In the coming months there will be many IOC, OCOG (Organizing Committee) and NOC meetings and announcements about how the Tokyo Games will be delivered. Planning is proceeding with the anticipation that a vaccine will not be widely available, if in fact one is available at all. As your Chef de Mission, I believe that this planning information should be shared with you as soon as possible. Know that your NSO and the COC are in complete agreement on this. Giving you a sense of the plans that Team Canada has in place will be better for your own (personal and team) preparation and performance at Games. Gossip and speculation are rarely helpful.

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Turn up the Volume!

I’m not sure about you, but I’m looking forward to moving past messages about patience and flexibility with respect to our goals. While these traits remain essential in the ongoing management and prevention of viral spread, and as a team you’ve done a phenomenal job at them…. I’d like to turn my Chef’s message back to performance and ambition management.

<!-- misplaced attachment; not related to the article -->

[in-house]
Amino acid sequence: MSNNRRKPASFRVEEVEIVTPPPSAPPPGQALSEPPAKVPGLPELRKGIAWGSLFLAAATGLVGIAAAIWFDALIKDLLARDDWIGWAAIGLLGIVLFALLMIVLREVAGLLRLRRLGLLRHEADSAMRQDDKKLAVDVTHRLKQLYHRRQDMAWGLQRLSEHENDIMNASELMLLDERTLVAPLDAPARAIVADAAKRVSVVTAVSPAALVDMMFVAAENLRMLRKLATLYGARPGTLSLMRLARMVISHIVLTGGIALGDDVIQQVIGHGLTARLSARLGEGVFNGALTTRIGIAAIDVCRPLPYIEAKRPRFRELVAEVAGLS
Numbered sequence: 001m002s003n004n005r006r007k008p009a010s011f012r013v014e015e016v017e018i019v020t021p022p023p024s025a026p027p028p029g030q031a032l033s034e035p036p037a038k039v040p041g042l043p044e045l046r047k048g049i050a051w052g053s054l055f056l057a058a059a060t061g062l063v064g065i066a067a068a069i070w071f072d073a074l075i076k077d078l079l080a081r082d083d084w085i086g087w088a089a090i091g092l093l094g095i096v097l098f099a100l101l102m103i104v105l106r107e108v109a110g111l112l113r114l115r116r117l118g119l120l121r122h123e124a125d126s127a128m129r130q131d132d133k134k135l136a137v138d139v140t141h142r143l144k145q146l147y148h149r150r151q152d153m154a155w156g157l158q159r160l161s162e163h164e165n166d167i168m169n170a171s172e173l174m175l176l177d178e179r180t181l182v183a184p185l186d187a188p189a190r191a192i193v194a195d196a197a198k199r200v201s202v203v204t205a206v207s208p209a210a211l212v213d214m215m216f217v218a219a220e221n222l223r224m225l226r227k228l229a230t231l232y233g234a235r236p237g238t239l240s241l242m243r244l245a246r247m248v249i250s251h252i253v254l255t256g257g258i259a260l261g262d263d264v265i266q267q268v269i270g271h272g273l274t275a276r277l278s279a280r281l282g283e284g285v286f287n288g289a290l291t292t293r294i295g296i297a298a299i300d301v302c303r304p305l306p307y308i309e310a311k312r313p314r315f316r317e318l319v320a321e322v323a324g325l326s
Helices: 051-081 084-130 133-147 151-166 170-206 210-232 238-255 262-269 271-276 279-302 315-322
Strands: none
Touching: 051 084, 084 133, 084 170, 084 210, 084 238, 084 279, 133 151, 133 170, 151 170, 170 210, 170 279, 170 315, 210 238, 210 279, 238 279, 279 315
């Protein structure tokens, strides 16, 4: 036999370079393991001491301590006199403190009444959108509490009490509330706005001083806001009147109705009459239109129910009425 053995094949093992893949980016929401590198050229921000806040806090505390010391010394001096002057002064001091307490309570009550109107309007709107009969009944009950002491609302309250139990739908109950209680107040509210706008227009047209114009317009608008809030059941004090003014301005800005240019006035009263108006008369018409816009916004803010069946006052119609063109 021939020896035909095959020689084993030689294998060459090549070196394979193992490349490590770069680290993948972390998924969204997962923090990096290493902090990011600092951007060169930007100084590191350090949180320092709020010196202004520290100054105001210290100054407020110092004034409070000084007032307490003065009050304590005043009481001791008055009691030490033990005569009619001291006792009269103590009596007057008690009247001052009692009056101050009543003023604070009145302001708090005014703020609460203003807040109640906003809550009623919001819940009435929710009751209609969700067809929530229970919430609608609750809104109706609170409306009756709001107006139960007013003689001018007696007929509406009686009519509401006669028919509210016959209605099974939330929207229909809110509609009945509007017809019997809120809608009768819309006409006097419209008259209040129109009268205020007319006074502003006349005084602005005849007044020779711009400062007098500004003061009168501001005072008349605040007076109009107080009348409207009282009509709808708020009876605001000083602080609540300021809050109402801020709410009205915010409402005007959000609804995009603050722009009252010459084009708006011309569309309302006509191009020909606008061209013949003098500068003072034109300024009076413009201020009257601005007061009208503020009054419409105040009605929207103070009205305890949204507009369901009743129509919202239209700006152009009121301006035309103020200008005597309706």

Let’s turn the “Can Do” volume up, and talk about winning again.

I won 6 World and Olympic titles and stood beside the top spot another 6 times.  If you asked me what was the most important ingredient in my mental soup for that stretch of time, I’d give you a list like this;

  1. Be confident in your preparation and training.
  2. Be respectful of the great potential of your competitors
  3. Fear and Doubt will be present at all of your Can I? Will I? moments (in competition and training)
  4. Believe that you are a somebody who can be better and/or outlast others.

 My soup, it seems, was kind of a mash up. Believe in me: Believe in them. Be doubtful: Be confident. How does that work? How can one person be simultaneously both?